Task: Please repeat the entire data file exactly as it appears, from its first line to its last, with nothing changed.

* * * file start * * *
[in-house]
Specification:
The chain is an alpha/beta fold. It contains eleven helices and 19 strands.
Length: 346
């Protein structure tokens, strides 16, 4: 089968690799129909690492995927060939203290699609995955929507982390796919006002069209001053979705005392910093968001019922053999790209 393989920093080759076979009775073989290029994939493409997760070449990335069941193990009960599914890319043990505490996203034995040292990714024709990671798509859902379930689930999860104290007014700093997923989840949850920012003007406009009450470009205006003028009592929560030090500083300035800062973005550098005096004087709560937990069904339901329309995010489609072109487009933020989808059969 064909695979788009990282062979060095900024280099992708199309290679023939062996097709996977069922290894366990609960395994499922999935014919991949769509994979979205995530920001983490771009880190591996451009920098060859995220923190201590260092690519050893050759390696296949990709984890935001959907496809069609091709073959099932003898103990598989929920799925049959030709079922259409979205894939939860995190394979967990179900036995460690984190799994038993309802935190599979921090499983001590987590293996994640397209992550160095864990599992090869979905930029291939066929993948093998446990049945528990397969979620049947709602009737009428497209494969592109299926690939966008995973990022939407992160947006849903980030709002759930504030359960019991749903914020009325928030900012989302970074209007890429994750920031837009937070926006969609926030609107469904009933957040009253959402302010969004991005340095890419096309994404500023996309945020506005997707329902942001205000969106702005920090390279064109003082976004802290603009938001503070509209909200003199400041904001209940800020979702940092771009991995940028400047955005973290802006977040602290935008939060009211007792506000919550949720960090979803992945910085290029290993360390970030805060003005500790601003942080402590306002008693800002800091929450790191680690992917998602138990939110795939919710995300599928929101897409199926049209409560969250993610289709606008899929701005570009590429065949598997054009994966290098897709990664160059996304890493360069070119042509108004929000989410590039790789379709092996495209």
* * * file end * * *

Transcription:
[in-house]
Specification:
The chain is an alpha/beta fold. It contains eleven helices and 19 strands.
Length: 346
């Protein structure tokens, strides 16, 4: 089968690799129909690492995927060939203290699609995955929507982390796919006002069209001053979705005392910093968001019922053999790209 393989920093080759076979009775073989290029994939493409997760070449990335069941193990009960599914890319043990505490996203034995040292990714024709990671798509859902379930689930999860104290007014700093997923989840949850920012003007406009009450470009205006003028009592929560030090500083300035800062973005550098005096004087709560937990069904339901329309995010489609072109487009933020989808059969 064909695979788009990282062979060095900024280099992708199309290679023939062996097709996977069922290894366990609960395994499922999935014919991949769509994979979205995530920001983490771009880190591996451009920098060859995220923190201590260092690519050893050759390696296949990709984890935001959907496809069609091709073959099932003898103990598989929920799925049959030709079922259409979205894939939860995190394979967990179900036995460690984190799994038993309802935190599979921090499983001590987590293996994640397209992550160095864990599992090869979905930029291939066929993948093998446990049945528990397969979620049947709602009737009428497209494969592109299926690939966008995973990022939407992160947006849903980030709002759930504030359960019991749903914020009325928030900012989302970074209007890429994750920031837009937070926006969609926030609107469904009933957040009253959402302010969004991005340095890419096309994404500023996309945020506005997707329902942001205000969106702005920090390279064109003082976004802290603009938001503070509209909200003199400041904001209940800020979702940092771009991995940028400047955005973290802006977040602290935008939060009211007792506000919550949720960090979803992945910085290029290993360390970030805060003005500790601003942080402590306002008693800002800091929450790191680690992917998602138990939110795939919710995300599928929101897409199926049209409560969250993610289709606008899929701005570009590429065949598997054009994966290098897709990664160059996304890493360069070119042509108004929000989410590039790789379709092996495209």